On tax deal, Wall Street Journal follows FAB

Wall Street Journal now follows FAB!

Concerning the agreement to extend the current tax rates for 2 years, FAB wrote:

The only good thing about the 2-year extension is that it just postpones the real debate for another 2 years down the road, just in time for the next election cycle.

The Wall Street Journal now agrees:

But if an angry, let-me-be-clear Barack Obama just looked into the cameras and said he’s coming to get you in two years, what rational economic choice would you make? Spend the profit or gains 2011 might produce on new workers, or bury any new income in the backyard until the 2012 presidential clouds clear?

No matter how much economic bump Mr. Obama gets in 2011 from extending the Bush-era tax rates, the 2012 election will be fought over a deep national anxiety that he rightly identifies but misinterprets.


In such a high-stakes world, Barack Obama’s obsession with having it out over the tax tables is a vulnerability. His opponent in 2012 should run straight at it.

If the economy improves, Republicans will say we shouldn’t mess with a formula that’s working, which is a message that will resonate with Independents.  However, Obama will be able to convince many voters that he deserves credit for the improvement, anemic though it might be.   He’ll be trying to get voters to maintain one status quo (himself as President) and change another (tax rates), all at the same time.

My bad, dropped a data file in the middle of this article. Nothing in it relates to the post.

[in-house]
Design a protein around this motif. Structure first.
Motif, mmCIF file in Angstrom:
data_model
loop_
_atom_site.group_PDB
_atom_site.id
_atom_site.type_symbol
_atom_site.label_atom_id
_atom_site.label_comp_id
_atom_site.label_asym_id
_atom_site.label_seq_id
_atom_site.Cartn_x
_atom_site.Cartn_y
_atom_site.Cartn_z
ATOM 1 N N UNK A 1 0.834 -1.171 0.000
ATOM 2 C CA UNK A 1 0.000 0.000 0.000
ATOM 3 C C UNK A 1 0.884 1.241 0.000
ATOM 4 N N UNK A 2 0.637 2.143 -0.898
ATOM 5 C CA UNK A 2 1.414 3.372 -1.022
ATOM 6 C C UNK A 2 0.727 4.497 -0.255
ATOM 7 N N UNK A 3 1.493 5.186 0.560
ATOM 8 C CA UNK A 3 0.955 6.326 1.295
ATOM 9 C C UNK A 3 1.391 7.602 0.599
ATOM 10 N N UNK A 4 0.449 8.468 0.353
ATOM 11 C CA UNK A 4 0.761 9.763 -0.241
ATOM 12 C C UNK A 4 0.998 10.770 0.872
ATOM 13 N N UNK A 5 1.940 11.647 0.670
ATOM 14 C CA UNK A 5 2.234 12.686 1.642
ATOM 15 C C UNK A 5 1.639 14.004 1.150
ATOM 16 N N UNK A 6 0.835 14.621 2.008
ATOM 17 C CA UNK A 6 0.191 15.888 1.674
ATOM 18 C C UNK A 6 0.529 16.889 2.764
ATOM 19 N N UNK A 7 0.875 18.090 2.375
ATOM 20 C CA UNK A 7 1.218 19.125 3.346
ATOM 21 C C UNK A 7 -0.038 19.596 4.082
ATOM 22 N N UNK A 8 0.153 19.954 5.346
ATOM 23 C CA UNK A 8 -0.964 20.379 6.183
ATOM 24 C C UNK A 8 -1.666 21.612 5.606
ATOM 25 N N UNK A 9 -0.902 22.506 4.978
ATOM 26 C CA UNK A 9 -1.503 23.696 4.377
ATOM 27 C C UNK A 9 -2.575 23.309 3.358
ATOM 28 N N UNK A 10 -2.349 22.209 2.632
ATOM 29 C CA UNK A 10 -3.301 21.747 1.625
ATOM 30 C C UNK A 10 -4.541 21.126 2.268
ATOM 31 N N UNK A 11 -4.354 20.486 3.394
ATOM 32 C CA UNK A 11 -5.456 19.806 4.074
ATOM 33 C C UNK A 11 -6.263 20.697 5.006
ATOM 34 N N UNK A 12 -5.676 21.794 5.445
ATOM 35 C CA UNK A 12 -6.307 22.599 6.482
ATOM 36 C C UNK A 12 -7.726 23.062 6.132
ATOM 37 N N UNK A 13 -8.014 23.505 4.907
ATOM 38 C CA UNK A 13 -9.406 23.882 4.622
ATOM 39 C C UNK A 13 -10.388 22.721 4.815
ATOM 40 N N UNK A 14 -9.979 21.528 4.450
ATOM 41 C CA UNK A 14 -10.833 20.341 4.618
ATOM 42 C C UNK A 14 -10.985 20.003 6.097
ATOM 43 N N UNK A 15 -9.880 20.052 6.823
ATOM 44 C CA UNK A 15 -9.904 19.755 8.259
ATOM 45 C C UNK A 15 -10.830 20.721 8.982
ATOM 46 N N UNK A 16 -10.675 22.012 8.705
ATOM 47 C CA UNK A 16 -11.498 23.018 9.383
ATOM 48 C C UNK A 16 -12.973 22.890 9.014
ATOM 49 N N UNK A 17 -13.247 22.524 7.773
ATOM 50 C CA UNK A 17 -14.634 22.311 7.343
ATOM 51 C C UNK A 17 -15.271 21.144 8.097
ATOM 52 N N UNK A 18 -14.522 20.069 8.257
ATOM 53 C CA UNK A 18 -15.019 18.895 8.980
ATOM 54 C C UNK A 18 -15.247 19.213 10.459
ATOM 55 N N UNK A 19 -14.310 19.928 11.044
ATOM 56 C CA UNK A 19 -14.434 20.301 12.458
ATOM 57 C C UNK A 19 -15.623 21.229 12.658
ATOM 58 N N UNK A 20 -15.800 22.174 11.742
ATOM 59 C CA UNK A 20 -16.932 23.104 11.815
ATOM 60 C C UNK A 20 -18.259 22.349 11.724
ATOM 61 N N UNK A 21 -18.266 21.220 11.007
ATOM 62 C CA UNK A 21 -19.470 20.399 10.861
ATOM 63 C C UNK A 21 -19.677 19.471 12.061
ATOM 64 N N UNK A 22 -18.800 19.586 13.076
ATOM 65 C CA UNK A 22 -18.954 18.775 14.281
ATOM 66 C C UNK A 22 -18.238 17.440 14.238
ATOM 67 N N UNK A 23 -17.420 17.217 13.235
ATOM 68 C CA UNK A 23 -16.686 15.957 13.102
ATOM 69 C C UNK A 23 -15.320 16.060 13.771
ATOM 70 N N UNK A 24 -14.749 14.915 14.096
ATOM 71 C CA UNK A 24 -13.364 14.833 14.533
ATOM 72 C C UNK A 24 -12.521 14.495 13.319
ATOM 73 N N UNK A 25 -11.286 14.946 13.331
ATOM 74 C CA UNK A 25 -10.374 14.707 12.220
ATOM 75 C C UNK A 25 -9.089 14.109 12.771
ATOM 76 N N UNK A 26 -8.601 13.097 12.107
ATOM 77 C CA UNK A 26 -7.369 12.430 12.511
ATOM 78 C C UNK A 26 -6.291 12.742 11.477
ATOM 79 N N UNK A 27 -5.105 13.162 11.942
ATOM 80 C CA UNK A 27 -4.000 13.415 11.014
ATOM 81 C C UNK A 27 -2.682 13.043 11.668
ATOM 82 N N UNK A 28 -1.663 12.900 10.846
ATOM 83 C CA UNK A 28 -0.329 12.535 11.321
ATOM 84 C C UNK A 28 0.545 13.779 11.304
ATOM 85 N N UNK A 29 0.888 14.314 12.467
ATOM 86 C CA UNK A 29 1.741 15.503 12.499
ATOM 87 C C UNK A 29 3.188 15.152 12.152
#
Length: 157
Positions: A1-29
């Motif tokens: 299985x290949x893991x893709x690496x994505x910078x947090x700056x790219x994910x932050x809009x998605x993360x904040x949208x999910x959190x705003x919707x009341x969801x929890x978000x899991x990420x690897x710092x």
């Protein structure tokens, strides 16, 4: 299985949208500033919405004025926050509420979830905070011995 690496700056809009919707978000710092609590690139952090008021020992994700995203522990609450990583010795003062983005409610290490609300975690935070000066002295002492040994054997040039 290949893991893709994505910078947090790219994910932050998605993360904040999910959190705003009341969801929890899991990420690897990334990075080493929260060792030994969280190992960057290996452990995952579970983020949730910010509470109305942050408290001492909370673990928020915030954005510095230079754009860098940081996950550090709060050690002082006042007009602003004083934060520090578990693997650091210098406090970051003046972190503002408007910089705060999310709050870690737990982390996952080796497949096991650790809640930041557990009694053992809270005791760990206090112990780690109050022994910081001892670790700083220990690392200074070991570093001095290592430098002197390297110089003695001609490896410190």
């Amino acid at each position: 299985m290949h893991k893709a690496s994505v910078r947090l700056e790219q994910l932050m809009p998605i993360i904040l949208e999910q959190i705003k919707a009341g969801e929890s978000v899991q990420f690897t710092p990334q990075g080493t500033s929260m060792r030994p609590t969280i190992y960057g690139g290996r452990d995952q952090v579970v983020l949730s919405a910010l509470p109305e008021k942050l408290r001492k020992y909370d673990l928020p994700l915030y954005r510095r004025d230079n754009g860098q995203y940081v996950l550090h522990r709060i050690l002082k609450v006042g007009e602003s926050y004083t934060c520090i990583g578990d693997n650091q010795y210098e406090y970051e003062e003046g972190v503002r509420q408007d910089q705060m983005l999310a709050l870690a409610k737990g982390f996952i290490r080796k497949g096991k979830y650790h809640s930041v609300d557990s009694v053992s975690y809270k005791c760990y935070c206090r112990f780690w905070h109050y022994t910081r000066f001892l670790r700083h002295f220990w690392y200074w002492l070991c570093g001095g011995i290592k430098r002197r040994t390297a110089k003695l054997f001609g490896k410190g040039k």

If the economy does not improve, Obama will be in a world of hurt.

Of course, as I said, maintaining the current tax rates will not improve the economy, but it will at least avoid another insult.  Other factors might help.  (For example, dramatically cutting deficit spending will do a world of good by improving confidence in government.)  Whatever happens, it will be great political theatre.  The danger for Republicans will be if they try to oversell the effects that maintenance of current tax rates will have.

I’m still looking for something else good in this deal.  They apparently gave us all a one-year reduction on Social Security taxes.  Not so good.  It’s just another give-away program that will do little to stimulate the economy, any more than Porkulus I did.  Plus, more deficit spending just depresses even more our confidence in government even more, which is a huge drag on the economy.

Further, raiding the SS fund will put a few more dollars back into the pockets of working people, but it will be (supposedly) stealing it from their own Social Security fund.  I say supposedly, because in reality, there is no SS fund.  Our SS taxes have become a gigantic slush fund that is used by politicians to hide the true amount of deficit spending.  They “borrow” (a.k.a. steal) our SS money (what they can’t borrow from the Chinese) and never pay it back.  If you account for this borrowing/stealing, the deficit is much, much higher than they say it is.  Harry Reid admitted to the thievery when he told HuffPost, “The money doesn’t come out of Social Security. It comes out of the general fund.”

More deficit, less confidence in government, worse economy.  It will improve, but not as much as it could.

They supposedly extended unemployment benefits, but I don’t believe it lets people collect beyond the current 2-year limit.  It just extends the program that allows people to collect up to 2-years, as compared to the normal limit of 26 weeks or so.  As I understand it.

Here’s the one good thing about this process.  If this bill goes down, we can hope the Republicans in the Senate will block every other piece of lame-duck legislation, as they have promised to do.

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